African British Theology: A New Book, An emerging Field of Study!

A new book published by Langham Partnership (Langham Monographs) is set to be released in September. The book titled, African Voices: Towards African British Theologies sets out a new field of study known as African British Theologies. The book argues and articulates that the significant presence of African Christianity in Britain and the theologising of African Theologians in the British context is paving the way for this emerging field of study. It is African Theology because of the presence of African Christianity, but it is also British because the new context, Britain demands that African Christians contextualise the gospel for the multicultural British society.  One of the uniqueness of this book is that all the twelve contributors are African pastors-scholars all engaged in ministry and theological scholarship in Britain. The book is divided into three sections, Missiology, Constructive Theology and Practical Theology. Under each discipline are emergent theologies such as Reverse Missiology, Sacred use and spaces by African Churches, African Pneumatology, African Christology, Prosperity Gospel, Intercultural Ecumenism, Black Womanist Theology, Second-generation Africans and African church growth and spirituality.

Here is what some scholars have to say about the book

Olofinjana’s edited volume pushes the scholarship on African theology forward in new and exciting directions. While much research to date has focused on theology in the context of the African continent, Olofinjana argues that diasporic African identity – especially in the United Kingdom, his own area of particular focus – needs to be taken more seriously in its own right as a distinctive milieu of theological reflection. The other key area of innovation is the volume’s focus on the intellectual production that is being pioneered by members of African diasporic churches themselves; this, then, is theology deeply engaged with practice and diasporic identity. In this rich and multi-faceted volume, Olofinjana and his eleven contributors explore important themes such as reverse mission, emergent theologies, and the remaking of sacred space in the diaspora.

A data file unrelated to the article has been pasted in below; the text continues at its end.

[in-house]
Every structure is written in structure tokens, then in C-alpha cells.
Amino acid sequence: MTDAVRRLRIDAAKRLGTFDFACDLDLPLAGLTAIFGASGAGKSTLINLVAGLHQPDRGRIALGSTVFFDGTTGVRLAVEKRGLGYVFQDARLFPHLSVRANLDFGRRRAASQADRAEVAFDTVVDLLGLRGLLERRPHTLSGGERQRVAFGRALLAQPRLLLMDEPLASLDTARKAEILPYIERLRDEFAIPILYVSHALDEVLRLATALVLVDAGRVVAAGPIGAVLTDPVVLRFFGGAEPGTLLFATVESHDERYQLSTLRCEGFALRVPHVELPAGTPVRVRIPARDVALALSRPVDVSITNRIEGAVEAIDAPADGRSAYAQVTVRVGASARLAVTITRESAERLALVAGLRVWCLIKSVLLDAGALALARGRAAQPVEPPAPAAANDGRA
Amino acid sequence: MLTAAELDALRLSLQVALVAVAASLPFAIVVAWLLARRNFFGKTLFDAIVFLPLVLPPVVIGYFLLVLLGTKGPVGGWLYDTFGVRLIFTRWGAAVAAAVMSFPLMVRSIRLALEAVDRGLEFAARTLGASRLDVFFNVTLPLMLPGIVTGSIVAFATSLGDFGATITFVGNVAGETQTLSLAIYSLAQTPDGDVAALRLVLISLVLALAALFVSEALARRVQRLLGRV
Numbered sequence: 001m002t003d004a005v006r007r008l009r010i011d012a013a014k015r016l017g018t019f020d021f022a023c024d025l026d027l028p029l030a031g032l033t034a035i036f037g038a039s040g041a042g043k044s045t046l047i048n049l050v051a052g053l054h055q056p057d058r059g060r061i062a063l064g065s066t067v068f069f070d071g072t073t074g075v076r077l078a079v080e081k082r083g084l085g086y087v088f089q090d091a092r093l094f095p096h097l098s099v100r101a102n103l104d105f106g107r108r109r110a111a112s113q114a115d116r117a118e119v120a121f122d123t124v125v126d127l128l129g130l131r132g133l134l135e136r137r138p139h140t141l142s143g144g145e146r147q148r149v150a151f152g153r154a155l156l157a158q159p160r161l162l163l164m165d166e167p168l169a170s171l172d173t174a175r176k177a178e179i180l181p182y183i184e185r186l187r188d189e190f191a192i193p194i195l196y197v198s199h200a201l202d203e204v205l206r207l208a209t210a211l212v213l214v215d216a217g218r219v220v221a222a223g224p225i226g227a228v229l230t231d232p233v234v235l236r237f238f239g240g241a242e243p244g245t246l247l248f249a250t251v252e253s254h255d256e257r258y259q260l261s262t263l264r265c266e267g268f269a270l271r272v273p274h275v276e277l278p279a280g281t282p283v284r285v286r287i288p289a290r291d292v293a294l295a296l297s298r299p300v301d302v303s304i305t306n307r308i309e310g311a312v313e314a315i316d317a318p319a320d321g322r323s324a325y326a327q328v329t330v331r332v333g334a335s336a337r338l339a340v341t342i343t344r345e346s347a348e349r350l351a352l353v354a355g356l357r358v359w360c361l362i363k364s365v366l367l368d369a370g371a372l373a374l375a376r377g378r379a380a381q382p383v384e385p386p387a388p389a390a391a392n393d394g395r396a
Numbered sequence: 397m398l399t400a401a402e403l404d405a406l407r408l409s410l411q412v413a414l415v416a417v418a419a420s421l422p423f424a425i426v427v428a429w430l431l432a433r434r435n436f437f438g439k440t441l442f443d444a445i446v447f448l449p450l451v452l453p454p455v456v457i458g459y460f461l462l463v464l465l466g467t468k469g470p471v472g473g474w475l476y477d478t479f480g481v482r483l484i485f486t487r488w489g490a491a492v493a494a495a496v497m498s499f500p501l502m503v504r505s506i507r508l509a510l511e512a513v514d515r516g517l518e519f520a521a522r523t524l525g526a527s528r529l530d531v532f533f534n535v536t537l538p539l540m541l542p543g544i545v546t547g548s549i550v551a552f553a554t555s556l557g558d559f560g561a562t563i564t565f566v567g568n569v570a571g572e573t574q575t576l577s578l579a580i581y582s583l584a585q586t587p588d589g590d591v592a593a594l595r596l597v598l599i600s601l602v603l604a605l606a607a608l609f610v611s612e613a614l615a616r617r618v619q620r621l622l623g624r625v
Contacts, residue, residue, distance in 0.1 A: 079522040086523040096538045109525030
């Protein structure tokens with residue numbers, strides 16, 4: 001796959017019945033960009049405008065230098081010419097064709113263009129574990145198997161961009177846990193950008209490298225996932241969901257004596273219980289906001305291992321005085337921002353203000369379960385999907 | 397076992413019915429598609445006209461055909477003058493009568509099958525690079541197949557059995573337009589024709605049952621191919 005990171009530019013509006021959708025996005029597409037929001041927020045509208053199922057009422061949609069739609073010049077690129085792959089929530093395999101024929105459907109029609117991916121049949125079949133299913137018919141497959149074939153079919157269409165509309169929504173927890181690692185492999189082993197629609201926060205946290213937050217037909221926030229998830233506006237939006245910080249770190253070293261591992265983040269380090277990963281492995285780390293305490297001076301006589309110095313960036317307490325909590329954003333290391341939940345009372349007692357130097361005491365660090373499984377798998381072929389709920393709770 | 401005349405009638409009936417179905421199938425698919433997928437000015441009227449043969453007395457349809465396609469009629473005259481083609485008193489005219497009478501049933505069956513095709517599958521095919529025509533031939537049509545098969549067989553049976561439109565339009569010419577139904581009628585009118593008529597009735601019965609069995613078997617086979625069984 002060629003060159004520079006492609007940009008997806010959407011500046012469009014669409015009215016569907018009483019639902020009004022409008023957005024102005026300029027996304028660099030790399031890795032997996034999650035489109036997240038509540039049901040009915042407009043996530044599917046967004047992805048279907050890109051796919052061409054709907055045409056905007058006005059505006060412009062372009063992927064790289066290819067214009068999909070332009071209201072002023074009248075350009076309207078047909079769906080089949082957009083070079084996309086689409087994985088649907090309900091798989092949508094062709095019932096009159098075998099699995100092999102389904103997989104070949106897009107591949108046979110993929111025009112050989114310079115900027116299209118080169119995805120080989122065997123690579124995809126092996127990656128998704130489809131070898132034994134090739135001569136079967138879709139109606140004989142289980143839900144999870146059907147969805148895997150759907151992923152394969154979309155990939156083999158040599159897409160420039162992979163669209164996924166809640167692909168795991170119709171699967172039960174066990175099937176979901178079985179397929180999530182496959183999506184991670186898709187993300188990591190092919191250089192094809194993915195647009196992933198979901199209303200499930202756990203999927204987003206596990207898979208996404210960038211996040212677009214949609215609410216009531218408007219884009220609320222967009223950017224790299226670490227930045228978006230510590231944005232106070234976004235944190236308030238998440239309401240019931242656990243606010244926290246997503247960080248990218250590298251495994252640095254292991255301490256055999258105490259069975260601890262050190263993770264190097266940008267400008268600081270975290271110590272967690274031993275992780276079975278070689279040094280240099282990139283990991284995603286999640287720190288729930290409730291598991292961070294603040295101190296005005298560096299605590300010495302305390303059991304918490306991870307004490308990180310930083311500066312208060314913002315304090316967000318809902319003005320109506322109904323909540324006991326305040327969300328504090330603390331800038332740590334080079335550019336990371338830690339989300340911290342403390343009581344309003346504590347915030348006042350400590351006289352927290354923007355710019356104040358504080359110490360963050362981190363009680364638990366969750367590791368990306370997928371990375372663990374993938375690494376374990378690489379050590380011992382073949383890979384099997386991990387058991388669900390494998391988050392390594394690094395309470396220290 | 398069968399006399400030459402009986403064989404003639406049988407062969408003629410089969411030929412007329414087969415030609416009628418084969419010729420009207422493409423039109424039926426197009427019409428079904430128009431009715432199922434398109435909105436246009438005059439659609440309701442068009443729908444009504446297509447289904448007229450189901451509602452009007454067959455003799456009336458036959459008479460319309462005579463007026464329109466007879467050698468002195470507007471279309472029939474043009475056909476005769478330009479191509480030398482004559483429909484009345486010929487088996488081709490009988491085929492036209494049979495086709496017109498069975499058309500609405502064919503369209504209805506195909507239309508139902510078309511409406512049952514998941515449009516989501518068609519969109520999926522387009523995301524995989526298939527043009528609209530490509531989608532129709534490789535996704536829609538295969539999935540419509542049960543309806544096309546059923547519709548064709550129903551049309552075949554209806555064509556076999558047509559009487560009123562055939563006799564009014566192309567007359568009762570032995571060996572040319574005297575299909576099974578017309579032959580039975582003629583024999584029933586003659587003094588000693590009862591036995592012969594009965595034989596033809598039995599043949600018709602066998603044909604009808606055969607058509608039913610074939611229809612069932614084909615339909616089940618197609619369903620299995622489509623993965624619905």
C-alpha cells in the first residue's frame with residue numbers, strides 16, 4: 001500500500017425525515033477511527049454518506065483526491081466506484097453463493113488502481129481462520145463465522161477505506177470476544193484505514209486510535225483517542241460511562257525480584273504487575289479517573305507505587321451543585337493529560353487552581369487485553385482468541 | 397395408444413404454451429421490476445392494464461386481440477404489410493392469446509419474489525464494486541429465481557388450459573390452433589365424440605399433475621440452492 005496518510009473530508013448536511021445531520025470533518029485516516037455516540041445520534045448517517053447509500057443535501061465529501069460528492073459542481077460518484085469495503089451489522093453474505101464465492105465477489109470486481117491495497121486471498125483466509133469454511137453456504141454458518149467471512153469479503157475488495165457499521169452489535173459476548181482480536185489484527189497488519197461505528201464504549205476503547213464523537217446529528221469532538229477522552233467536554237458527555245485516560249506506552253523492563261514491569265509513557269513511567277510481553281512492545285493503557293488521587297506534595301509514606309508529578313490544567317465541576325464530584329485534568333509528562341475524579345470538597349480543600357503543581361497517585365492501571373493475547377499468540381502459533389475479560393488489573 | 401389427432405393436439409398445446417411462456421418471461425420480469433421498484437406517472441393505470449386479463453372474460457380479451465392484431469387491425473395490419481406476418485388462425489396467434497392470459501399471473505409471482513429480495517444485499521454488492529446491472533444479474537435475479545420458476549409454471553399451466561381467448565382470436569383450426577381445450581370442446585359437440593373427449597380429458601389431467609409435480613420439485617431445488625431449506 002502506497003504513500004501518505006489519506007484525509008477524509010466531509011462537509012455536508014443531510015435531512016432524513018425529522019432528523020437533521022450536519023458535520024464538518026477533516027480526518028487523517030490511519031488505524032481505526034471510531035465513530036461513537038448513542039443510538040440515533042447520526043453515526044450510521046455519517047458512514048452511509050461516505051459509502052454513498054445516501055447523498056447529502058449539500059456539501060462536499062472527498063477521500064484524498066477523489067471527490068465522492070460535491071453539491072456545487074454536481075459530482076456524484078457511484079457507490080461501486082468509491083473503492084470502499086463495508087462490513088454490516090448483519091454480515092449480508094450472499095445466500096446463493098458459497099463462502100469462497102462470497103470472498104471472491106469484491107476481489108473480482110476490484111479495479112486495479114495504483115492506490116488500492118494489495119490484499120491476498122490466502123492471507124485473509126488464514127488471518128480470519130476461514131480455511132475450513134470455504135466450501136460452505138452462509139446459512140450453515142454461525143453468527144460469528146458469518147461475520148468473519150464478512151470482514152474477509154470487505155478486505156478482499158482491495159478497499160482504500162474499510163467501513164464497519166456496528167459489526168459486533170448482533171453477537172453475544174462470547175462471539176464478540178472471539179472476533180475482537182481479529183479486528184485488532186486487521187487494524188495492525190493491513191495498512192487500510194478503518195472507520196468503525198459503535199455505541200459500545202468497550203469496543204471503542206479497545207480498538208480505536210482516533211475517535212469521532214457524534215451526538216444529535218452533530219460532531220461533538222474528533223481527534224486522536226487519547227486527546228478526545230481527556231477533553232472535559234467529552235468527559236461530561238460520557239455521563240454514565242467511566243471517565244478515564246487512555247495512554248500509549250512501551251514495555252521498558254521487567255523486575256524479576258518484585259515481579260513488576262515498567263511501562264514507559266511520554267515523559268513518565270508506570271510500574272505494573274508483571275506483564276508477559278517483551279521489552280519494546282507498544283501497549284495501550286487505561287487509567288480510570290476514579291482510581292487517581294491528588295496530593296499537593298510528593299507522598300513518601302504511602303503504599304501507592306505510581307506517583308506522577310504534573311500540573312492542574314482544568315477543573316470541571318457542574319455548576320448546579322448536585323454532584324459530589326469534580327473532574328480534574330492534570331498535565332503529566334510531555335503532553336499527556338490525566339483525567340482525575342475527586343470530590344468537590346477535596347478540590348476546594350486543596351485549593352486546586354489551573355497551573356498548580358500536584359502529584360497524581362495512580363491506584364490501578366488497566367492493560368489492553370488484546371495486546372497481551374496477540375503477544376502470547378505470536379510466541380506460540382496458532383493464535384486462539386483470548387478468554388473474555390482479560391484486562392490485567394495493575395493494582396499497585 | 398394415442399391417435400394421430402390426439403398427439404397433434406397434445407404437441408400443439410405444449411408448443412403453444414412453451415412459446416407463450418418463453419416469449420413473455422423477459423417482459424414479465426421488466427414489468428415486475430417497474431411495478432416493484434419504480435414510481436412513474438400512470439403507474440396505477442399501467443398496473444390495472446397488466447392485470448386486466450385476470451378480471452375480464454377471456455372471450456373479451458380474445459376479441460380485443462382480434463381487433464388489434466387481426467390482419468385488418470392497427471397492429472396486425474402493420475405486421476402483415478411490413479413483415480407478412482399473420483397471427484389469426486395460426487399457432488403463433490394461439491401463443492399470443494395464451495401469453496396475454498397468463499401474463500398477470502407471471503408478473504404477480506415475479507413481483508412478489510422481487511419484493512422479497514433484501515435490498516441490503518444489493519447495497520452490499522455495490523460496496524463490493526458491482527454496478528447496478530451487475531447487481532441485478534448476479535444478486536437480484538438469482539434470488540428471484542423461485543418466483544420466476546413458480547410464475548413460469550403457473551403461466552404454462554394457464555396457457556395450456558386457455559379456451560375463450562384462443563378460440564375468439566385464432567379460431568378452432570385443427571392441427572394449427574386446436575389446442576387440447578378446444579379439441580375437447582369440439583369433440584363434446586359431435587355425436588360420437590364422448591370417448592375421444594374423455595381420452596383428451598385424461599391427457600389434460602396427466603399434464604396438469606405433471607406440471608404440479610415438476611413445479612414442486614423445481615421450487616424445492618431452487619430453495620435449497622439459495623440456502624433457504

Dr Joel Cabrita, Lecturer in World Christianities, Faculty of Divinity, University of Cambridge

The emergence of sub-Saharan Africa as a major theatre of Christian faith was one of the most striking developments of the twentieth century. The migration to the West of large numbers of African Christians has the potential for hugely important developments within Western Christianity in the twenty-first. This book is full of insights into both these factors, and provides food for thought in plenty.

Andrew F Walls, University of Edinburgh, Liverpool Hope University and Akrofi-Christaller Institute, Ghana

This is a lively, very insightful and much needed compendium of intensive research in the field of theology, done by African Christians. All the twelve presentations in this book represent the efforts at calling our attention to the need to give ample currency to the development of African Theology outside the continent of Africa.